A key skill to learn in preparation for meditation is the idea of ‘grounding’ oneself back in the present moment (a key tenet of mindfulness meditation). The act of grounding is all about getting back in touch with your senses – feeling where you body is in space (your back against the chair, your feet on the floor, your hands in your lap), the sounds and smells around you, and tuning into the rise and fall of your breath. Using the body as an anchor is a great tool to use if you ever start to feel overwhelmed and out of control in the waves of emotions or thoughts that arise. Being truly ‘in’ your body leaves little room to worry about the past or the future.
What are the benefits of meditation?
On the whole, the biggest benefit of meditation is the reduction of hyperactivity in our fight/flight center of our brain. When we are in a constant state of stress, we feel more anxious, react more strongly to stressful stimuli and even have reduced ability to think clearly and logically! Through meditation, we can help calm this part of the brain down, leading us to feel more relaxed, happier, and think more clearly. Of course, just as if someone were to ask you to run a marathon this weekend without any training, you can’t expect to reap the full benefits of meditation if you only practice it in times of stress. Like anything you want to improve in, you need to train and practice regularly.
At Foundation Psychology Victoria, we are strong advocates for the benefits of mindfulness meditation and we seek to help people learn this valuable skill in both individual therapy sessions and in groups here and below.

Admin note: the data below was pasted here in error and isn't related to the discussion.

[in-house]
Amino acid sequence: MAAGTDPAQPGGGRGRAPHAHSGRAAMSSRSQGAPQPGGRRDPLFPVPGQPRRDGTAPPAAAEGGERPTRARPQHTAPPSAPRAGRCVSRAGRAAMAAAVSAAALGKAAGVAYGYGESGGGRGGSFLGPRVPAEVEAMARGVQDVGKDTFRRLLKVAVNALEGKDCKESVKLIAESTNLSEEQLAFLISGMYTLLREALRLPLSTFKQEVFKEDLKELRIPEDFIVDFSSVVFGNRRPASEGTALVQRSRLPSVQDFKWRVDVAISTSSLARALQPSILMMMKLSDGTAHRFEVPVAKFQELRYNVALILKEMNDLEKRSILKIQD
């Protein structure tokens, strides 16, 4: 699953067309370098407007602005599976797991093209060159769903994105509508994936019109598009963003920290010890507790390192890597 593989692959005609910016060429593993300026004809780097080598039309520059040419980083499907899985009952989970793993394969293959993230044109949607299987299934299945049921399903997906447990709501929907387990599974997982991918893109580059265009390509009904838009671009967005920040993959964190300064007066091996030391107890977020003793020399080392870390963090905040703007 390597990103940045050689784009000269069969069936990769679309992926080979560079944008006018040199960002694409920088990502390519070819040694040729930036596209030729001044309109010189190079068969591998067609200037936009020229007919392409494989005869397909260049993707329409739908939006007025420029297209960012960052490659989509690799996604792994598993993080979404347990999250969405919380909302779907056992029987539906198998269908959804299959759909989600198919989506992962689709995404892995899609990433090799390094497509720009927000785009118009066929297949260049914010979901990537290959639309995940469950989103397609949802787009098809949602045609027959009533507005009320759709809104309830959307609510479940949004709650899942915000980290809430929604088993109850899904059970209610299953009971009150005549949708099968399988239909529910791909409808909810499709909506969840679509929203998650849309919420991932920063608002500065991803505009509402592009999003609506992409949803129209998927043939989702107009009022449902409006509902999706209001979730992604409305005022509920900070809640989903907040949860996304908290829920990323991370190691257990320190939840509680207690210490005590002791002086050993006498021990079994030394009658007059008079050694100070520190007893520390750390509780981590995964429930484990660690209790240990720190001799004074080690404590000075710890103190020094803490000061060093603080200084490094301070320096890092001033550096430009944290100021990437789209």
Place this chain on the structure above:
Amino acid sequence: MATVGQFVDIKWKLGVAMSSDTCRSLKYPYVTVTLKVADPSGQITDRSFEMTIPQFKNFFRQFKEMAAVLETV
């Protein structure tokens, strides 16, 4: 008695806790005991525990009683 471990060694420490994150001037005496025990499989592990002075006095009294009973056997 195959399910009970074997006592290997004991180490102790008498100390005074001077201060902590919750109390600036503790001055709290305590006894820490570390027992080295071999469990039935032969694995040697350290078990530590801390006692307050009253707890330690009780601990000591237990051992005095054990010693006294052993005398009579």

Yoga for the Brain Workshop
Join Dr Zac Elizabeth Buchanan, Clinical Psychologist and Yoga Teacher, in this immersive workshop discovering the benefits of yoga practices for the ‘brain’.
In this 1.5-2 hour group-based workshop, you will learn about how our amazing and intricate minds work (from both a Western Psychology and Yoga perspective), the mind-body connection and key yoga skills you can use on a regular basis to maintain and develop your own sense of mental wellbeing.
You will be provided with handouts and theory, but this will mostly be an experiential course, meaning that we will spend a big part of our time exploring movement/asana, breath/pranayama techniques and meditation practices.
No prior experience in yoga is necessary. The physical component of the workshop will be gentle, and thus the course will be suitable for most people, regardless of their level of yoga experience, strength or flexibility. You will be required to get up and down from the floor with ease and sit on the floor (with props, such as cushions, if required).
For more information on this workshop, please send us an email or call us on 03 9039 2177.